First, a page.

“My aim is for them to feel a sense of remorse and to train them so that they can be good citizens once they are released from prison, so they can adjust to society,” Joya said during a visit to Washington, to present a project on preventing extremist violence.
Born in 1984 near London to a Muslim Bangladeshi family, Joya grew up confronted by racism and the struggles of integration. She radicalized at age 17, after the September 11 terror attacks in New York and Osama bin Laden’s call for a global jihad.
In 2004, she married an American Muslim-convert, Yahya Al-Bahrumi (born John Georgelas). She began advocating for an Islamic state, for which her three children would be soldiers.
But in 2013, her husband took her and their children against her will to northwestern Syria to join militant insurgents. Joya reported her husband to US authorities and, after three weeks, fled Syria to the United States.
Joya settled in Texas, her husband’s home state. There, she changed her life, divorced and re-married.
Yahya, her first husband, joined the Daesh group, which would soon control large swathes of territory in Syria and Iraq. He was in charge of the group’s English-language propaganda, and Joya said he became the “highest-ranking American” in the Daesh group.
He died in 2017 during fighting in Mayadin, in northern Syria, as the so-called Daesh “caliphate” crumbled.
However, this created a new problem — Western militants or their spouses and children wanting to come home.
Joya realized that she had something to offer. “It’s really important to de-radicalize them, rehabilitate” these people, she said.
“It’s reprogramming them and giving them a sense of hope in the political process.”
It’s also important to “get them to understand the psychology and the patterns... what led them to extremism,” understanding “the rejection many in the US and Europe faced growing up there, the cultural conflict, the crisis they went through,” she said.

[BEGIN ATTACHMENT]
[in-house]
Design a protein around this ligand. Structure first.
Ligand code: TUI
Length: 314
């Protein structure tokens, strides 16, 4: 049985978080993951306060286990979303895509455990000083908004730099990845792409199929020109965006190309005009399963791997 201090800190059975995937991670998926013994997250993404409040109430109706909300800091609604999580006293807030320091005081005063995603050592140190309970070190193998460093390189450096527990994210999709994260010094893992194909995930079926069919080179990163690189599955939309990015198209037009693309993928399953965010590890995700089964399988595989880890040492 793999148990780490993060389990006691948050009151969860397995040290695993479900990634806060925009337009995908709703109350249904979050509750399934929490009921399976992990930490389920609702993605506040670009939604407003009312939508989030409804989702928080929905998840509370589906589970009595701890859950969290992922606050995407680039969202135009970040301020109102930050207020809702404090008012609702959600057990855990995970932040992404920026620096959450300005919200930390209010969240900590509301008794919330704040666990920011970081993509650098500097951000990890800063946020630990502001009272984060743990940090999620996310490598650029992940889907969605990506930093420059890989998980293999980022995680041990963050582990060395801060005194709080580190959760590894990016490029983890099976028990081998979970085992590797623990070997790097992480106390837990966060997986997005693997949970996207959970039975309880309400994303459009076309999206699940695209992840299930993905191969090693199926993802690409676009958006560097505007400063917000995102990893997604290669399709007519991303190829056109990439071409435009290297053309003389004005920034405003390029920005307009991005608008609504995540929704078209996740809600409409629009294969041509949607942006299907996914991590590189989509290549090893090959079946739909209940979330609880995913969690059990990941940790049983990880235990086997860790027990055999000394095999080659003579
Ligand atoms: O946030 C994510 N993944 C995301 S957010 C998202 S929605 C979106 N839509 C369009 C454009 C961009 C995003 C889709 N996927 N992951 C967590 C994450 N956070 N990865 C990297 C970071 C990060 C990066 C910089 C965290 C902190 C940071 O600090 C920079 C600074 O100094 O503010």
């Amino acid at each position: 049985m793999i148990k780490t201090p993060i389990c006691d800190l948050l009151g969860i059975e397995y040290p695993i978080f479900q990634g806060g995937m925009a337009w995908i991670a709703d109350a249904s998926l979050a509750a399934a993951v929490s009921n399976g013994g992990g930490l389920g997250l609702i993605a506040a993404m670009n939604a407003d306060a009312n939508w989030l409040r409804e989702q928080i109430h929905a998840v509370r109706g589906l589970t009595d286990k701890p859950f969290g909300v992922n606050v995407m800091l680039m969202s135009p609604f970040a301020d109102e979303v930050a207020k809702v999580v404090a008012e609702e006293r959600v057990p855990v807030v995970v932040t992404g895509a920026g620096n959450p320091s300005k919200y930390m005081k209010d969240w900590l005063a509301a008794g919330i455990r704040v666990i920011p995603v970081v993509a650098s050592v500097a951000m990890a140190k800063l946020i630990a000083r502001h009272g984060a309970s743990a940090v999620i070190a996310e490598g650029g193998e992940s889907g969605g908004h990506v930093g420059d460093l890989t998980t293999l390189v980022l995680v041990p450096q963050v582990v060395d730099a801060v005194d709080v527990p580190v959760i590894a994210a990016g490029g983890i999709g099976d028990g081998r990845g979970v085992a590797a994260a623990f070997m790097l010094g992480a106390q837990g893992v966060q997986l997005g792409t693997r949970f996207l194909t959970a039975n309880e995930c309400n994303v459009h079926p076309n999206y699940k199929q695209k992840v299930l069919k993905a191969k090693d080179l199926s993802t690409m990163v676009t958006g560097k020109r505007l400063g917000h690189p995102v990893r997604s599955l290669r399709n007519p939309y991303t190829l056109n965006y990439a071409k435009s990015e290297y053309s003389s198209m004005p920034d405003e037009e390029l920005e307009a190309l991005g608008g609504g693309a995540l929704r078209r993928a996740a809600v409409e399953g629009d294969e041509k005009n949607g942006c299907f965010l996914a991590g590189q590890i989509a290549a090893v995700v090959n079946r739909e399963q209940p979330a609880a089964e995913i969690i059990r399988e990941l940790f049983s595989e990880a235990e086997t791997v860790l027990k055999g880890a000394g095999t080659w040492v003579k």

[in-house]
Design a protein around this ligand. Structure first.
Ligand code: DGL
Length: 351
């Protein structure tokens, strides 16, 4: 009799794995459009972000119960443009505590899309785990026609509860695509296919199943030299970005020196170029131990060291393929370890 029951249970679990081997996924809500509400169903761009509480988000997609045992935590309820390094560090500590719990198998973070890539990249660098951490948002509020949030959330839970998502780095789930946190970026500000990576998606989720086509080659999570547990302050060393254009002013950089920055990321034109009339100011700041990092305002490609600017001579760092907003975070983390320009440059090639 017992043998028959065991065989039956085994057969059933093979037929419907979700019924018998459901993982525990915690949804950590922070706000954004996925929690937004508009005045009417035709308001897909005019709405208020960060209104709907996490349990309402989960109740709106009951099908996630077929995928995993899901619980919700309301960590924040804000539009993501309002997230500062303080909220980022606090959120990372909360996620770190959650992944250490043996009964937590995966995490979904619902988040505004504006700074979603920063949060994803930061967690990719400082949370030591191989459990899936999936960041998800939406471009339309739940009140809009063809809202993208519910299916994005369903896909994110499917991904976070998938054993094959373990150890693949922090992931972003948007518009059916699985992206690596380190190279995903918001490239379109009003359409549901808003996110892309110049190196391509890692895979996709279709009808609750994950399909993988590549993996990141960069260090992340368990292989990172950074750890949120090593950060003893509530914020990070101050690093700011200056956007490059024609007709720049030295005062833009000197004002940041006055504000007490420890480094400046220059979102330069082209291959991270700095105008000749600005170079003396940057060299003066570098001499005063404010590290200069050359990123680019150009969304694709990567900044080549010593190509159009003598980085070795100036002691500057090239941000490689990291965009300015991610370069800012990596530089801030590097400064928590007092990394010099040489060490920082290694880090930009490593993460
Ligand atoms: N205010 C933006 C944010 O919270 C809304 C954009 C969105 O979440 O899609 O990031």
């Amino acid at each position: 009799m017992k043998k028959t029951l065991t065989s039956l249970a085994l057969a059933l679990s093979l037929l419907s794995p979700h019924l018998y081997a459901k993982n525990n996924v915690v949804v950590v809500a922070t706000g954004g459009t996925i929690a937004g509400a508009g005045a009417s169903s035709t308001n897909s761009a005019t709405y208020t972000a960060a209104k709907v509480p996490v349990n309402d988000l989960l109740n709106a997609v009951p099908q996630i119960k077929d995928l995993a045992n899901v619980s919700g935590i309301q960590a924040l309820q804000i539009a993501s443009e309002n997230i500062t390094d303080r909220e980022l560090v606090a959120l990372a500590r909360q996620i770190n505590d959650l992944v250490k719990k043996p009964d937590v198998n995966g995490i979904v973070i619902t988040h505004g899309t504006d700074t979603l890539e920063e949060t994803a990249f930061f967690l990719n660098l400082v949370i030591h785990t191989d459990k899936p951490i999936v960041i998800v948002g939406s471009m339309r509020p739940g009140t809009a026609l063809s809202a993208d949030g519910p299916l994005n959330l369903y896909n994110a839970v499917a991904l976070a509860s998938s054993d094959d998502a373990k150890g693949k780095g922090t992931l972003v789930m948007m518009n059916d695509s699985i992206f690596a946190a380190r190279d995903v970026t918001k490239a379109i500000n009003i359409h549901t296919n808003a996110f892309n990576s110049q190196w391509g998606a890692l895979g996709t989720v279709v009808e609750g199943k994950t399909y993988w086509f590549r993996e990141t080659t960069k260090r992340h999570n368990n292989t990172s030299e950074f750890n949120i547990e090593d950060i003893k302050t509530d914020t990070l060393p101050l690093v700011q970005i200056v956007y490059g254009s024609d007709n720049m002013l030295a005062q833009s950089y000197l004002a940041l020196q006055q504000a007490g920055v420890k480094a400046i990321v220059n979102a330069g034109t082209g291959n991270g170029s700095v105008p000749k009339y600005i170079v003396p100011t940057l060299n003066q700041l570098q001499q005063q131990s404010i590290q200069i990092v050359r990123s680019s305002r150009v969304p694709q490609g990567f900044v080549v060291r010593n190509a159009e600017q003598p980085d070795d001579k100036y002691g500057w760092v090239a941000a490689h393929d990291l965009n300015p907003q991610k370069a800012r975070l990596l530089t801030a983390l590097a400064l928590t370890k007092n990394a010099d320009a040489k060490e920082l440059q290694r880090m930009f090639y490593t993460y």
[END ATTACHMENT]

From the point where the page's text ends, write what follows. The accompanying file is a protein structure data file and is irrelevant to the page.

“Once it’s all explained to them, very logically, they will accept it just as I did.”
Joya favors repatriating foreign rebels from the Middle East so they can be judged in their countries of origin.
While that is the US policy, many European countries such as France are wary of taking in the militants.
In May and June, 11 French nationals were sentenced to die in Iraq for their affiliation to Daesh.
Joya has campaigned for the return of Shamima Begum, who joined the militant group when she was just 15 but now wants to return home to Britain. However, Begum’s lack of remorse has turned public opinion against her, and the British government stripped her of her citizenship in February.
Kurdish-run camps in northeast Syria have taken in some 12,000 foreign fighters from 40 different countries, including 4,000 women and 8,000 children whose fathers are militants.
Countries with militants stranded in refugee camps “are responsible for these individuals,” said Joya. “We can’t just push them off to the Middle East, to the Kurdish people... the abuses they’re facing in these camps are only confirming their beliefs of radicalization.”
Joya is participating in the Preventing Violent Extremism (PVE) program organized by the Clarion Program, a US non-profit dedicated to educating people “about the growing phenomenon of Islamic extremism,” according to its website.
The PVE program provides “communication models” that offer “workshops for youth so that before a child is even indoctrinated or introduced to radical ideologies, they’ve really been inoculated” against religious and ideological extremism, said national program coordinator Shireen Qudosi.
“That goes from gangs, to radical ideologies: antifa, neo-Nazi groups, Islamist extremism,” she said.